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Scand J Gastroenterol. 2010 Oct;45(10):1168-77. doi: 10.3109/00365521.2010.490596.

Exosomes derived from interleukin-10-treated dendritic cells can inhibit trinitrobenzene sulfonic acid-induced rat colitis.

Author information

1
Department of Gastrointestinal Surgery, First Affiliated Hospital of Nanjing Medical University, Nanjing, Jiangsu Province, China.

Abstract

OBJECTIVE:

Inflammatory bowel disease (IBD), which mainly refers to Crohn's disease and ulcerative colitis, is characterized by chronic inflammation of the gastrointestinal tract. Recent reports have demonstrated that exosomes derived from interleukin-10 (IL-10)-treated bone marrow-derived dendritic cells (DCs) can reduce the incidence and severity of established collagen-induced arthritis (CIA) in mice. Based on the essential role of IL-10 in the development of normal mucosal immunity, we investigated whether exosomes derived from DCs treated with IL-10 (known as IL-10-exosomes) can suppress the trinitrobenzene sulfonic acid (TNBS)-induced colitis.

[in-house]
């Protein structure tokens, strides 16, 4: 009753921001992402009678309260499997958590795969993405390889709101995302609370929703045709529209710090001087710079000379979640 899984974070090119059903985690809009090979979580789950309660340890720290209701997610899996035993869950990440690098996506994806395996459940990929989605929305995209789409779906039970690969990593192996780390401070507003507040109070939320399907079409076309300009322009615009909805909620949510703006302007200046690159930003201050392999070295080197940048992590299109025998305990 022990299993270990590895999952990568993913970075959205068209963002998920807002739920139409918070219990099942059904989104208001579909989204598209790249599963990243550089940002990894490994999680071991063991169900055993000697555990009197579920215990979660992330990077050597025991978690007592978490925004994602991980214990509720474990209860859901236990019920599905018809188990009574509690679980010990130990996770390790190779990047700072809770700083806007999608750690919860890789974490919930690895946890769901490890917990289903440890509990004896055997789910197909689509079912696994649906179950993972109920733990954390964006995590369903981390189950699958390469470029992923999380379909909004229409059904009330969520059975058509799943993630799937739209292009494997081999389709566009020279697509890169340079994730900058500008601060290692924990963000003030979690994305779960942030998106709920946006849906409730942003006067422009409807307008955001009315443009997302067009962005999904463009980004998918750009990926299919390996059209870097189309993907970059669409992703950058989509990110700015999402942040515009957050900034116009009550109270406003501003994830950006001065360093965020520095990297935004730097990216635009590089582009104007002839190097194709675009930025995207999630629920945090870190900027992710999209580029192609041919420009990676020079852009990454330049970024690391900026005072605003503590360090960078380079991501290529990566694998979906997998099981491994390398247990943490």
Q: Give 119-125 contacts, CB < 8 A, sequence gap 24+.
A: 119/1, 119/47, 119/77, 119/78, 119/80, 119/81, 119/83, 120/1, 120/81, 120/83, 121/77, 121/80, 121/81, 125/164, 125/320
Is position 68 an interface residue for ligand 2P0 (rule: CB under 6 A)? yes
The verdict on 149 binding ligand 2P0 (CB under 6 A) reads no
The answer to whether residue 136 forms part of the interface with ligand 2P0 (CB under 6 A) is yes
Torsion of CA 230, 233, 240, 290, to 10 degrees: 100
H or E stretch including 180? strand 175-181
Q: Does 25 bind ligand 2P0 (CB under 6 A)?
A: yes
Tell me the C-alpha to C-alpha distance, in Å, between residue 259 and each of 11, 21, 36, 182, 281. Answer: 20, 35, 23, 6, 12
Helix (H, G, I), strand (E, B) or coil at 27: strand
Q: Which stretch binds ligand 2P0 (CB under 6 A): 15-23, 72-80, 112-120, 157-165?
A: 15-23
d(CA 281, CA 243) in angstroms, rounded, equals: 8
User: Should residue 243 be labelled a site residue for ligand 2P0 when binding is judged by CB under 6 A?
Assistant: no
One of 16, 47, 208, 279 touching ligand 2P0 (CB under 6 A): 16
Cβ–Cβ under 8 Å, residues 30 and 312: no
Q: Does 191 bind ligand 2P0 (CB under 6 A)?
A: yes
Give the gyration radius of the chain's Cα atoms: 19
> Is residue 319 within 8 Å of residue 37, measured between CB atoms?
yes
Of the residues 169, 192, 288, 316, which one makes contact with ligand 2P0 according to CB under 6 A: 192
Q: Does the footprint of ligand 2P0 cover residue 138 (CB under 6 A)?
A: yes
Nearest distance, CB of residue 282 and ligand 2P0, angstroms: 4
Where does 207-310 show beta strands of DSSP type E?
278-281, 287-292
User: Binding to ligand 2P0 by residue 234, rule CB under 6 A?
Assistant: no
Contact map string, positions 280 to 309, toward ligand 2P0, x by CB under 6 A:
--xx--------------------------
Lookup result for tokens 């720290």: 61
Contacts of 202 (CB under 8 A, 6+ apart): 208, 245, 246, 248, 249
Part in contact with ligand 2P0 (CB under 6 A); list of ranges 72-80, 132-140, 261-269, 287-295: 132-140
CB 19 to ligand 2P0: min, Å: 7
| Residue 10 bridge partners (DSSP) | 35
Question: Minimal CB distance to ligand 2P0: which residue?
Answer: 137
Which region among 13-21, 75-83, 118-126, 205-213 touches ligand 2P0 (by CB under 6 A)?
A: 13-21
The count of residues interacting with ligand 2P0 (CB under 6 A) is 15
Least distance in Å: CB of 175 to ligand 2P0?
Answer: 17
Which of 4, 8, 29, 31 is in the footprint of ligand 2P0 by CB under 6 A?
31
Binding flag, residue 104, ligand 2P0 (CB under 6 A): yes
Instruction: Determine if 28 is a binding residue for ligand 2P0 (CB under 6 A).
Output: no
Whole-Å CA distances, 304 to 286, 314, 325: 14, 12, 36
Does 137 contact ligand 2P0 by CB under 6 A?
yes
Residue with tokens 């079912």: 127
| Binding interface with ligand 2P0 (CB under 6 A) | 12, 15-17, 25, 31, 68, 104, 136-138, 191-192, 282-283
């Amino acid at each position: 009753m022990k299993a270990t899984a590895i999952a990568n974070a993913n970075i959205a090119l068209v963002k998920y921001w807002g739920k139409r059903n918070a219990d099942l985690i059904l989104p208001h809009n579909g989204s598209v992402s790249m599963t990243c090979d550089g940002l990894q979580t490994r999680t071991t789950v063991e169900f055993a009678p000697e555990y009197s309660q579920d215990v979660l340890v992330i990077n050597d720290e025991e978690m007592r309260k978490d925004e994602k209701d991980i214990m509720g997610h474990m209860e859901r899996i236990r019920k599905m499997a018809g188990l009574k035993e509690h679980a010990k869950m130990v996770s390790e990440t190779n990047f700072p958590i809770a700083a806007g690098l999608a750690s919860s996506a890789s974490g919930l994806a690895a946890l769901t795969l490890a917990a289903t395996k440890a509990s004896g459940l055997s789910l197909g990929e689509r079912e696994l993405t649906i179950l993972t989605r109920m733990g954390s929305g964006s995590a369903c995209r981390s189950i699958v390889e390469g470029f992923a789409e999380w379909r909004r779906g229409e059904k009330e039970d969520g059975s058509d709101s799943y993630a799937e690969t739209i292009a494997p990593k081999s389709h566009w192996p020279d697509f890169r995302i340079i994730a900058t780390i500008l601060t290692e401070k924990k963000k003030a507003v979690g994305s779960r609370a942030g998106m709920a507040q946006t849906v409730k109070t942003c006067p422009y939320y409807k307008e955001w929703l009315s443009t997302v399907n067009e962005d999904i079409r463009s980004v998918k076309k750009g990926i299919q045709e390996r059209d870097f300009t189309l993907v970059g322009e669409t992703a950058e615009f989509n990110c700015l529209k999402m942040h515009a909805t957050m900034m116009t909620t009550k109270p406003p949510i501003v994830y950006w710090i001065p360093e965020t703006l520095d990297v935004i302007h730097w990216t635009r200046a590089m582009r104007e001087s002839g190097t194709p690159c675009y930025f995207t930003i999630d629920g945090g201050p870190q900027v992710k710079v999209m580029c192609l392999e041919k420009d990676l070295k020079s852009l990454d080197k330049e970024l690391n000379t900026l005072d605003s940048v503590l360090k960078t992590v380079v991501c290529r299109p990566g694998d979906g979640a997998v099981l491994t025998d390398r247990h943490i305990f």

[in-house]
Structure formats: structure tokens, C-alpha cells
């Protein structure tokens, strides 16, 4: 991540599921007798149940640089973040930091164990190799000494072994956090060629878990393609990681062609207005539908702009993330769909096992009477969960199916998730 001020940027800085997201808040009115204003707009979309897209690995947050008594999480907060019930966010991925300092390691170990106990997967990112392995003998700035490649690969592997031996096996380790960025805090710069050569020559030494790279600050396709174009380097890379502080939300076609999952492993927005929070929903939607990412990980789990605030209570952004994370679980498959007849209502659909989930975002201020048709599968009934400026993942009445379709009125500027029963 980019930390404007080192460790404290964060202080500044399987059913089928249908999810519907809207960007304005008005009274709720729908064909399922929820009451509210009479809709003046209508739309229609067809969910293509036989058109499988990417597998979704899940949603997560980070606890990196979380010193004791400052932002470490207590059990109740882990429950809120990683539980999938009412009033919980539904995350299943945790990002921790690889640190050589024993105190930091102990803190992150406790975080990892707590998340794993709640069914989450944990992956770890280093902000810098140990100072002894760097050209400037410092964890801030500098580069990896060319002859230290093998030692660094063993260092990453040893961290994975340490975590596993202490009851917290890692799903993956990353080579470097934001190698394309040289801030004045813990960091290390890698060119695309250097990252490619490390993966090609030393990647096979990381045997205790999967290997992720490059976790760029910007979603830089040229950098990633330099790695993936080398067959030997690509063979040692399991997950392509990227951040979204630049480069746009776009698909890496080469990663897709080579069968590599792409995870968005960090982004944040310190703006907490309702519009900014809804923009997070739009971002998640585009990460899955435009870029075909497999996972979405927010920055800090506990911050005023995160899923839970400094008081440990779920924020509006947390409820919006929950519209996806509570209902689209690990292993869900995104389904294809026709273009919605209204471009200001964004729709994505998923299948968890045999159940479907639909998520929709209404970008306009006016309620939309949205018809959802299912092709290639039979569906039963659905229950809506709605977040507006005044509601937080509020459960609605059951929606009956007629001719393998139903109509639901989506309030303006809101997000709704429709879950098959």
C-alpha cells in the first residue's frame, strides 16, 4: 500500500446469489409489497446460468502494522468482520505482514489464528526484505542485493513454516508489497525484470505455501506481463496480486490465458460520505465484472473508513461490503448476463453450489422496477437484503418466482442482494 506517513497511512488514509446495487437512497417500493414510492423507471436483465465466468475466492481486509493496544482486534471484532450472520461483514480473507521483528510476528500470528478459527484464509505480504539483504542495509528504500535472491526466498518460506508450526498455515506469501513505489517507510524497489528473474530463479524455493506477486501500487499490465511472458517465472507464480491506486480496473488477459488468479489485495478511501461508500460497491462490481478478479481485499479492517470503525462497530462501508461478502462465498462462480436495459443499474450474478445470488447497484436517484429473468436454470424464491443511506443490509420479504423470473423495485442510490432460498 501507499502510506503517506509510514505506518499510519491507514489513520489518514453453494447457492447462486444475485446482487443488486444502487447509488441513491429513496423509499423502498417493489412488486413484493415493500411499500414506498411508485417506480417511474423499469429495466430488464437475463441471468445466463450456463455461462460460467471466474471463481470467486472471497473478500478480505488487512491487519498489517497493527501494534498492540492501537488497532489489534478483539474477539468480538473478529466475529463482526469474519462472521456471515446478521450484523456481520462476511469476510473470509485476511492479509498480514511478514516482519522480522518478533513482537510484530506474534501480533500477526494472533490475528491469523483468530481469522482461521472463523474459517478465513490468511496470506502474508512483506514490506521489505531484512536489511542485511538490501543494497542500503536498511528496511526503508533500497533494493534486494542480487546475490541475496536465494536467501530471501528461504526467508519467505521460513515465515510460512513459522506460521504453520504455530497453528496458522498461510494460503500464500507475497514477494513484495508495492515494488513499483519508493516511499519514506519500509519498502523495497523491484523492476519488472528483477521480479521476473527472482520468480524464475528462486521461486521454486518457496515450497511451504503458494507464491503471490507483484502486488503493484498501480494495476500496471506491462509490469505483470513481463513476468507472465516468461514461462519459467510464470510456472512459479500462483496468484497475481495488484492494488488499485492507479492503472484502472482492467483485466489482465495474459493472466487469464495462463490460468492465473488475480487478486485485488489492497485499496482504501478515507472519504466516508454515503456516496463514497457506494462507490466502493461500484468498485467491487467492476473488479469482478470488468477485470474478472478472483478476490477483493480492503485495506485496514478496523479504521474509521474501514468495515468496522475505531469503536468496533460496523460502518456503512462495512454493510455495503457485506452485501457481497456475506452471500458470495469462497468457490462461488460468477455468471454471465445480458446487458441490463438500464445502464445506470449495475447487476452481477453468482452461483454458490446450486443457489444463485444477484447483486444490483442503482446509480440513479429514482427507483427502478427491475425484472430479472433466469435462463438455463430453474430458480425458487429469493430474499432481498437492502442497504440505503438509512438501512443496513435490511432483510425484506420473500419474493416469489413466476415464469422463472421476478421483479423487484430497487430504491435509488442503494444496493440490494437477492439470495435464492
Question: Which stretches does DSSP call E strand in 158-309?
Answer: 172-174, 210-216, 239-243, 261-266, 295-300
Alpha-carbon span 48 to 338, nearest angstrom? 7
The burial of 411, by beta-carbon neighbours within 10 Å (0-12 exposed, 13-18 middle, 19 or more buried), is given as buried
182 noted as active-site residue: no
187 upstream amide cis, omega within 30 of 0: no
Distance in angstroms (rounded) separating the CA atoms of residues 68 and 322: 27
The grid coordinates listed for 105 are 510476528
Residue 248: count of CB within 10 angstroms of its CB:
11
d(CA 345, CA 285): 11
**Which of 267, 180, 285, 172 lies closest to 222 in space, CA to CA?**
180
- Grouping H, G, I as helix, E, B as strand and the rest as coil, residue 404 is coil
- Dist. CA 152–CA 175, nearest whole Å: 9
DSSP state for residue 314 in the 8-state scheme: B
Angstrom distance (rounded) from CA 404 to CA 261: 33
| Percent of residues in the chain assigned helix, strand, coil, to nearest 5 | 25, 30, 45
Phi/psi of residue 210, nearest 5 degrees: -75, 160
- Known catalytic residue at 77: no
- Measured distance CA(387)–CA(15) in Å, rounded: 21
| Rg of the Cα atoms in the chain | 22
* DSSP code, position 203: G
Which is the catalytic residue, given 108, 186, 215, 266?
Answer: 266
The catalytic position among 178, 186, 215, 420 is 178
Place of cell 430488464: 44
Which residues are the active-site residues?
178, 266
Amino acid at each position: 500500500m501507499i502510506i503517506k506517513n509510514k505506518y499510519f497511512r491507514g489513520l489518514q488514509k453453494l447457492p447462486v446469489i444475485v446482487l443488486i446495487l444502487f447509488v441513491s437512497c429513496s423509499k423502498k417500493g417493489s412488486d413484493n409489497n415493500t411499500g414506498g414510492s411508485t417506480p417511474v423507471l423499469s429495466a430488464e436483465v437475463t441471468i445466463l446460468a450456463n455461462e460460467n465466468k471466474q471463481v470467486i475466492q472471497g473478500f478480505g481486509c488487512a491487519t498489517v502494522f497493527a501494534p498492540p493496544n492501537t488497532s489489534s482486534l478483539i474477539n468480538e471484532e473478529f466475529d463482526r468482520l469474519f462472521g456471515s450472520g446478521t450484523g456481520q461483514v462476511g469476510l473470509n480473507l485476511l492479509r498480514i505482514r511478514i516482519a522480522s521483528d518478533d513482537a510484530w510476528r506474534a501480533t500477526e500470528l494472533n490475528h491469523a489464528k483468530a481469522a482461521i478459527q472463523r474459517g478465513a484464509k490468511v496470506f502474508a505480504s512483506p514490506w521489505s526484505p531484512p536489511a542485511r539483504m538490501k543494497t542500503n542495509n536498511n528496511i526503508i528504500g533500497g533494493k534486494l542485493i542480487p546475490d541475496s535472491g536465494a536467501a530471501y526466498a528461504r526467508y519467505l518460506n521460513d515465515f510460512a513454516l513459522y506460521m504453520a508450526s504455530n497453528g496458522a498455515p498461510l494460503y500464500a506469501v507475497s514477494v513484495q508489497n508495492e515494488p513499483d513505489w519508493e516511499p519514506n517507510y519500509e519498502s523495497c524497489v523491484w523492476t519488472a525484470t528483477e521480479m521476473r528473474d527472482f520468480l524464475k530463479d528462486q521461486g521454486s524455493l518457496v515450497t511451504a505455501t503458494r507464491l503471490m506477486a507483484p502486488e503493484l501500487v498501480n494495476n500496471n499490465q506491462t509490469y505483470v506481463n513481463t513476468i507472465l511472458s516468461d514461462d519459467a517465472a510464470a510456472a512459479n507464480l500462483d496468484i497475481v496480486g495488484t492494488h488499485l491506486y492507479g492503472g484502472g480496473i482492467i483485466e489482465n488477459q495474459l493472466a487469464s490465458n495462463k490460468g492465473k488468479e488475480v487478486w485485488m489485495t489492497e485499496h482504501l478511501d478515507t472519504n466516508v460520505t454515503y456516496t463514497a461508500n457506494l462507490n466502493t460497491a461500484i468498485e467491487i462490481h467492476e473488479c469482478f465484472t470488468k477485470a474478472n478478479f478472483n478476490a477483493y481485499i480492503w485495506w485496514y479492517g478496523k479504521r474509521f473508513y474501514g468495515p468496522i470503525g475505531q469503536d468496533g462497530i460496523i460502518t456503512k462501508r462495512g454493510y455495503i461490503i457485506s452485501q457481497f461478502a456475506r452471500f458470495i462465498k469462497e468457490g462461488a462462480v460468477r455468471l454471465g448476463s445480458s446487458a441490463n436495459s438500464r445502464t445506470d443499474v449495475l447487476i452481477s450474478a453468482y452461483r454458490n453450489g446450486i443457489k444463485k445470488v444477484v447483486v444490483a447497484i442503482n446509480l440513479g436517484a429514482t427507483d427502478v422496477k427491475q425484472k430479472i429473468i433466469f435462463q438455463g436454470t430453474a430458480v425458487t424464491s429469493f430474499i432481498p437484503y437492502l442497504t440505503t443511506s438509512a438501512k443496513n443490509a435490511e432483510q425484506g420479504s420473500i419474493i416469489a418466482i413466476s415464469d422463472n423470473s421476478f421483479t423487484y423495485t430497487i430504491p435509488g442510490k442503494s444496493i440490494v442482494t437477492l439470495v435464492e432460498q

MATERIAL AND METHODS:

We used the rat TNBS-induced colitis model to address the therapeutic potential of IL-10-exosomes in vivo. More specifically, a rectal enema of TNBS was administered to Wistar rats, and IL-10-exosomes were injected intraperitoneally on Day 3.

RESULTS:

In the context of a high level of major histocompatibility complex class II (MHC II) and a low level of co-stimulatory molecule and membrane-bound IL-10 expression, IL-10-exosomes treatment substantially reduced all analyzed clinical, macroscopic, and histopathologic parameters of TNBS-induced colitis. The therapeutic effects of IL-10-exosomes were associated with a down-regulation mRNA expression of IL-2, IFN-γ and TNF-α in colon tissues. Importantly, treatment with IL-10-exosomes resulted in a pronounced up-regulation of IL-10mRNA expression in colon tissues and regulatory T cells (Tregs) in Colonic lamina propria.

CONCLUSIONS:

The results suggest that IL-10-exosomes treatment can suppress acute TNBS-induced colitis and may offer a promising new therapeutic strategy for IBD.

PMID:
20469967
DOI:
10.3109/00365521.2010.490596
[Indexed for MEDLINE]

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